The research, which factors in publically-available information on deals greater than US$1 million, showed some $2.3 billion was invested last year across the sector in 60 deals. This was up from $1.75 billion across 30 transactions in 2016.
While 2017 was heralded as an "encouraging year" by BLP, the level of investment was still down on its 2015 peak of $3.2 billion from 119 deals. That year, PE funds upped their stakes in mining companies experiencing distressed situations.
Copper was the commodity of choice in 2017 accounting for 70% of investment by value, with gold, which had been the most popular commodity in the previous three years, second choice. Battery minerals was in third position.
Africa was the most popular destination, with 45% of the funds invested going into entities tied to the young continent. Australia was second with $423 million going into the country, while North America, with $350 million, was third.
Just over half of all transactions by value - 55% - were acquisitions, while strategic stakes accounted for 40%. The remaining 5% was tied to increasing stakes in projects or companies.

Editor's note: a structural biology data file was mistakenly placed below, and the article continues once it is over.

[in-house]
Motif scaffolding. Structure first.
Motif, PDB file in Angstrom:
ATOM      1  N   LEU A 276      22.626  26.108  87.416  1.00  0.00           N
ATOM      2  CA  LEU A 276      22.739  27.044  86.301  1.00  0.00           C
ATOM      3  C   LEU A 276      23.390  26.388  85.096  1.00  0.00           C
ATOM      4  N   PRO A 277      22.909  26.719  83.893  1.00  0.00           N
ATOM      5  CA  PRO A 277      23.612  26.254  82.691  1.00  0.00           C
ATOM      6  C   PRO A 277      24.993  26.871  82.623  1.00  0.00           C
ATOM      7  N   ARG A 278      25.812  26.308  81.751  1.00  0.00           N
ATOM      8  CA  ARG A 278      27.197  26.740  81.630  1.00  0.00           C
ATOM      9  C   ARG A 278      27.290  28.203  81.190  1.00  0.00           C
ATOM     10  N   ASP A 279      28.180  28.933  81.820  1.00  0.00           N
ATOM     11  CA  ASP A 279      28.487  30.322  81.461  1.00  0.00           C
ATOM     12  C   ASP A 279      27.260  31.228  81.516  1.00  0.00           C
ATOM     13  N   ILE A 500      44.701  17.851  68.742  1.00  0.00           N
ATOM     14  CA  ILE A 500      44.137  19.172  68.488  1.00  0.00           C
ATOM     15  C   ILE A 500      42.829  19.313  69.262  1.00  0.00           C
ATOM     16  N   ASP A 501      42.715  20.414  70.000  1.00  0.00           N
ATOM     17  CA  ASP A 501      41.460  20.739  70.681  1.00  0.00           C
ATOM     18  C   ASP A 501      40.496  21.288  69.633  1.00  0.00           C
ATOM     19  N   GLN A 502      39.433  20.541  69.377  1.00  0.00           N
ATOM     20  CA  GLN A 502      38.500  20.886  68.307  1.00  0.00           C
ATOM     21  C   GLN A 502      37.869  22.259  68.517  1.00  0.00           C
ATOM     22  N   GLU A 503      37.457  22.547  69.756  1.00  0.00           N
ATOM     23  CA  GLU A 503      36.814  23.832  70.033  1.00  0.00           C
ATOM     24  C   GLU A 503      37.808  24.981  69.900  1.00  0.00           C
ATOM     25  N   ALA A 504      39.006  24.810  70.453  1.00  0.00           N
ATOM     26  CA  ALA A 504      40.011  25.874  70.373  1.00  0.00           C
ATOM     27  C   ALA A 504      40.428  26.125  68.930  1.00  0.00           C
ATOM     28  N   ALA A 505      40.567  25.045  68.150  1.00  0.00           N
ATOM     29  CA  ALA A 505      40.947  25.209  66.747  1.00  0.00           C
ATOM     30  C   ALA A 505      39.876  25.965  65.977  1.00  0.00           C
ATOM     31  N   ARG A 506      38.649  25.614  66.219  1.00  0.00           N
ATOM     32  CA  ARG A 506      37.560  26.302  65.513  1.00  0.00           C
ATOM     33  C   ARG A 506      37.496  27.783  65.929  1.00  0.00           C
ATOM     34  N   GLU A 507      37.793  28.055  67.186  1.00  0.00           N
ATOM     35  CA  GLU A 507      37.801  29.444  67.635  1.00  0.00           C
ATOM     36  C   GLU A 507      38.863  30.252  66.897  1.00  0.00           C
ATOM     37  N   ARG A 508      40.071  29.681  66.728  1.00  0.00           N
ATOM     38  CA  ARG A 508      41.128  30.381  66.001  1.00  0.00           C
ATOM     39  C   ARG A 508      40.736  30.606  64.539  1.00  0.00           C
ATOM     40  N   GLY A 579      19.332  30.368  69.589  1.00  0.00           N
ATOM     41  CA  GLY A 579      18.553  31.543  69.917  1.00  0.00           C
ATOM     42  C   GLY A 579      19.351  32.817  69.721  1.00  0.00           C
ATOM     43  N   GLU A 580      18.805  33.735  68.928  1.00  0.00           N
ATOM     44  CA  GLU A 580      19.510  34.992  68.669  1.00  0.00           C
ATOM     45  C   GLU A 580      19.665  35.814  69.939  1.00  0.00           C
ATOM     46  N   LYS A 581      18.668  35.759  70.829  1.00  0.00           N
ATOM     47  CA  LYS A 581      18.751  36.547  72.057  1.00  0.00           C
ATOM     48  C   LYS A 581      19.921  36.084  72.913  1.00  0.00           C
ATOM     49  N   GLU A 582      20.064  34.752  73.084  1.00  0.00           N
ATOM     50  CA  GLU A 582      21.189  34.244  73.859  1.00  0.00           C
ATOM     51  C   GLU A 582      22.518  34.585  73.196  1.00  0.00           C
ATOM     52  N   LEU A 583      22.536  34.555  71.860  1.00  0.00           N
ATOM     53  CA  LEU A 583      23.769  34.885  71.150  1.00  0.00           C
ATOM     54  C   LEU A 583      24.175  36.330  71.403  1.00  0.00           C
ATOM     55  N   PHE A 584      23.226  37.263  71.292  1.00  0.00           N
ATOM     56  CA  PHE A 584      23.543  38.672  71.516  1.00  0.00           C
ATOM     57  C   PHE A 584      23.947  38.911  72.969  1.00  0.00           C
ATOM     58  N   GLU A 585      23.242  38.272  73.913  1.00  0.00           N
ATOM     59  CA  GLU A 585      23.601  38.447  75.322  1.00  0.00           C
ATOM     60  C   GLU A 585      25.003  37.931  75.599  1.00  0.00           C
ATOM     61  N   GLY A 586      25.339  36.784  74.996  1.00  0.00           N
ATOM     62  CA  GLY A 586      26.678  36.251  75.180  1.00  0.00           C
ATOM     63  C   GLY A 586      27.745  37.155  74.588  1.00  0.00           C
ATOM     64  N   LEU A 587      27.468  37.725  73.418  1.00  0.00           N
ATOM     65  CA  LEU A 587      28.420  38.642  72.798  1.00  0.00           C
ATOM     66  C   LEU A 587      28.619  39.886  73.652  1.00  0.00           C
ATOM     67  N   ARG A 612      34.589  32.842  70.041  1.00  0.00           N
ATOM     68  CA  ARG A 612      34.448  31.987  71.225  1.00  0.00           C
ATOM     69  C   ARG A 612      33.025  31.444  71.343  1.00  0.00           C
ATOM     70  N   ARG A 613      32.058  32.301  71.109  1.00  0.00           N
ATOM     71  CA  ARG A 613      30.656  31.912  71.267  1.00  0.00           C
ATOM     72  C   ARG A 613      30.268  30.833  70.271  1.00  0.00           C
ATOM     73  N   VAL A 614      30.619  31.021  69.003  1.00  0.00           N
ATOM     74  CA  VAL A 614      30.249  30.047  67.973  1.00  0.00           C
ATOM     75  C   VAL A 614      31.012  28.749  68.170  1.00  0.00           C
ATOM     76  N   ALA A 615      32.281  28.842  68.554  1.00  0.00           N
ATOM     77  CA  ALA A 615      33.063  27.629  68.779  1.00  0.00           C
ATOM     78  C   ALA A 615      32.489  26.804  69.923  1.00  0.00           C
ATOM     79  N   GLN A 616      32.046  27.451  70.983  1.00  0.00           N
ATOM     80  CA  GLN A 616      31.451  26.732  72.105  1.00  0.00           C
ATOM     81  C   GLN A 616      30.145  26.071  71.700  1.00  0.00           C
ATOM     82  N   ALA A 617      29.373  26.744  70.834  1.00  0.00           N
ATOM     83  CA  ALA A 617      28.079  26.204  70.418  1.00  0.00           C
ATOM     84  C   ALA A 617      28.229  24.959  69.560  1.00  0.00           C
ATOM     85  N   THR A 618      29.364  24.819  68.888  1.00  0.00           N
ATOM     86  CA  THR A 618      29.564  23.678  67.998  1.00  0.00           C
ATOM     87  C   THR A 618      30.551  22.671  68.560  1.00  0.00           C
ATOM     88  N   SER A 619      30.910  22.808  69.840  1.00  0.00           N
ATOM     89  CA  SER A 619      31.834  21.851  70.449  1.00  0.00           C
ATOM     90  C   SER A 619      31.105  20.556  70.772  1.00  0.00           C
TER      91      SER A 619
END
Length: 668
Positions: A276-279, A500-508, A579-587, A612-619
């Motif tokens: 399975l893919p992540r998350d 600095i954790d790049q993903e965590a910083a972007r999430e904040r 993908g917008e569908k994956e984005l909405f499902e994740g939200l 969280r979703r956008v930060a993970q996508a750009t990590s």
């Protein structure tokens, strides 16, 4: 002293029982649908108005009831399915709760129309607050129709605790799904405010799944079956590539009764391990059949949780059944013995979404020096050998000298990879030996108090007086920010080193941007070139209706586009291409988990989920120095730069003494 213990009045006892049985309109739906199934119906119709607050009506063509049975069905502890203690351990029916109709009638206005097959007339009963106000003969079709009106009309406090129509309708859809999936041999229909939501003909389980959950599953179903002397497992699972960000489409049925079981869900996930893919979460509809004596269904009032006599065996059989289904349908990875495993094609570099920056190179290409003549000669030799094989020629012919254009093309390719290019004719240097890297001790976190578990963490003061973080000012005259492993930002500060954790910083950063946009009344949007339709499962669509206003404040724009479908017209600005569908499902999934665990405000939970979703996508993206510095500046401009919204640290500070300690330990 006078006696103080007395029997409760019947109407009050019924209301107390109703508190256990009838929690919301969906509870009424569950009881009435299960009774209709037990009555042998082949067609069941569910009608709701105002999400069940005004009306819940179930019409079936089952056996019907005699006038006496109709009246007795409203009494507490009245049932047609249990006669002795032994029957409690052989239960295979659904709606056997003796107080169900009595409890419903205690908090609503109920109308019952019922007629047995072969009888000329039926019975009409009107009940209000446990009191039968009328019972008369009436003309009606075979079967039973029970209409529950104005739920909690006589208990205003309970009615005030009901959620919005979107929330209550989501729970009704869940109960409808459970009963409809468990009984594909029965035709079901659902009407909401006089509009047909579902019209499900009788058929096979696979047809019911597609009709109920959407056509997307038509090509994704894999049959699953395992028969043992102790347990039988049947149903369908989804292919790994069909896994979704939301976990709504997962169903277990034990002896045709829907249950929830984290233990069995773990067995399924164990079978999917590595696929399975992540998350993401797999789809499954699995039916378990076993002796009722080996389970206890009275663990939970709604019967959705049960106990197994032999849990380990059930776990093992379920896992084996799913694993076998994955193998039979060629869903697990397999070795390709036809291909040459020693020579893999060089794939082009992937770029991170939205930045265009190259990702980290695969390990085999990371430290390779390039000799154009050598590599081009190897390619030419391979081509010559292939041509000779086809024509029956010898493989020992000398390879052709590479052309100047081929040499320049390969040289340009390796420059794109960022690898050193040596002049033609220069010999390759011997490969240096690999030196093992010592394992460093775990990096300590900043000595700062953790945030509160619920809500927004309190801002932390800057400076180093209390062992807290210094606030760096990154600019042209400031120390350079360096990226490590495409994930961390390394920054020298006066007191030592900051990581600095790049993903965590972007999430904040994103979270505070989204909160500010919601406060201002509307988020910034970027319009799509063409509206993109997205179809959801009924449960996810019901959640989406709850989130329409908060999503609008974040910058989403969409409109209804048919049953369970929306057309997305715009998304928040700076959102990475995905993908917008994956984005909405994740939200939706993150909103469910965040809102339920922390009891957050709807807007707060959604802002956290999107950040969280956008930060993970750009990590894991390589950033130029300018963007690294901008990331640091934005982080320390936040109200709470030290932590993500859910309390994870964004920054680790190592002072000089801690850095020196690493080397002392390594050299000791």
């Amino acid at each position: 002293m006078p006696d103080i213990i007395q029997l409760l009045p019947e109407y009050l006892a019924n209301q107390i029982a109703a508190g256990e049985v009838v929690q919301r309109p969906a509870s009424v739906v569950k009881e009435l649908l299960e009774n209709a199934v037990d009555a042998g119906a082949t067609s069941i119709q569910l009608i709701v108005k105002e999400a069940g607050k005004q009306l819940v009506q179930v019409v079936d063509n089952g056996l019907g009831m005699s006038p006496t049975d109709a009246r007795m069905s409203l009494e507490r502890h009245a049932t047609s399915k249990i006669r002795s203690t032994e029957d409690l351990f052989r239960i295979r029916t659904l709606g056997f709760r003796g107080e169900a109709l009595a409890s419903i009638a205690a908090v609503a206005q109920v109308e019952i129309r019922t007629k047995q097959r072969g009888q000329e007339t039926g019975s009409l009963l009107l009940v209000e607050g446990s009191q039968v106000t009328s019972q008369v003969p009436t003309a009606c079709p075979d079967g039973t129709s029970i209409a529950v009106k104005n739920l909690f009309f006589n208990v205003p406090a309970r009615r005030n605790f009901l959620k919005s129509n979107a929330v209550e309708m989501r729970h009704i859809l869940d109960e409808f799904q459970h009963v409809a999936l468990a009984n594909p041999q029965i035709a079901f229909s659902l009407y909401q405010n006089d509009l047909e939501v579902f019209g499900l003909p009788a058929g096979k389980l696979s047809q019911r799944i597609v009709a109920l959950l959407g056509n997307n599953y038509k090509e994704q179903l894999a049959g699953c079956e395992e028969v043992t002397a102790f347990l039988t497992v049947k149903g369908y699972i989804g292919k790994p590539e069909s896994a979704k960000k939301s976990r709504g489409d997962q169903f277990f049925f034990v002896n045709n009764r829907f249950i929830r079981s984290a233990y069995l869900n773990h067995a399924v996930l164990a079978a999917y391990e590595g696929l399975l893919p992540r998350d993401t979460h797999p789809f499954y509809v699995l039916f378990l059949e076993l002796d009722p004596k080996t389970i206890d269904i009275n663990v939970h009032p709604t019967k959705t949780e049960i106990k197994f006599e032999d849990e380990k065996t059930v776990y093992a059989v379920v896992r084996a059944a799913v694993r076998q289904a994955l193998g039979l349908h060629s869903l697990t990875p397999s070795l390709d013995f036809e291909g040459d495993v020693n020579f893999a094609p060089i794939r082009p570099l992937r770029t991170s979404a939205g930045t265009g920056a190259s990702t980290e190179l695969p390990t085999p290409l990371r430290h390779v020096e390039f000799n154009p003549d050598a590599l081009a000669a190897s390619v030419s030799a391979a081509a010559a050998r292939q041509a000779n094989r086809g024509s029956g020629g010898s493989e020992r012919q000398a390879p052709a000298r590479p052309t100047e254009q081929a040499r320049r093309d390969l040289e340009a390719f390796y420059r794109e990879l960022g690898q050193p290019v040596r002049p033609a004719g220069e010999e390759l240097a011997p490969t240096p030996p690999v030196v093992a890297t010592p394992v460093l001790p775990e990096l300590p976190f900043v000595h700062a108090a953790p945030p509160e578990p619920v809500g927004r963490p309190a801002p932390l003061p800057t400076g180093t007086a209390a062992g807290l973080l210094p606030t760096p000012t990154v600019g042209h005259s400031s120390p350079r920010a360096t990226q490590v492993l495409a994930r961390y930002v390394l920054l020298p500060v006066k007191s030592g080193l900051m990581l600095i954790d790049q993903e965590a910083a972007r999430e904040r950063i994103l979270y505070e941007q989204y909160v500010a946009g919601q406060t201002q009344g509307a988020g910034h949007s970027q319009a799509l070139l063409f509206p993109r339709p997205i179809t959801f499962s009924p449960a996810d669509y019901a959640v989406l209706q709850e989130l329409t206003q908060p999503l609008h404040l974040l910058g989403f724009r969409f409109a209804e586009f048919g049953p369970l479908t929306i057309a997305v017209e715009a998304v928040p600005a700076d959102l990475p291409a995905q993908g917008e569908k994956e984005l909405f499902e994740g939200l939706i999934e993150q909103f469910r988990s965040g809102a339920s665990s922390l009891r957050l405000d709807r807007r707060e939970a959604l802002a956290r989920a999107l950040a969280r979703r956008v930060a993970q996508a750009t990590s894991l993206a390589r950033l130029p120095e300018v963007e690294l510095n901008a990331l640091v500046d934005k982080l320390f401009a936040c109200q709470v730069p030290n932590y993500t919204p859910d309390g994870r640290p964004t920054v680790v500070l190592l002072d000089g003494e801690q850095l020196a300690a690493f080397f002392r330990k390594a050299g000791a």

"In the last four years, whilst acquisitions have remained relatively static, there has been a marked switch from increasing stakes, commonly to protect investments in distress situations, to acquiring strategic stakes," Alexander Keepin, the author of the report and mining head at BLP, said.
"This refects the recovery in the sector generally and also the second wave of fundraising by the mining private equity funds themselves, leading them to seek more new investments."
Keepin saw PE investments rising further in 2018.
"Given the strength of prices and recent fundraisings by mining private equity firms, strategic stakes are expected to continue to be the most popular form of investment," he said.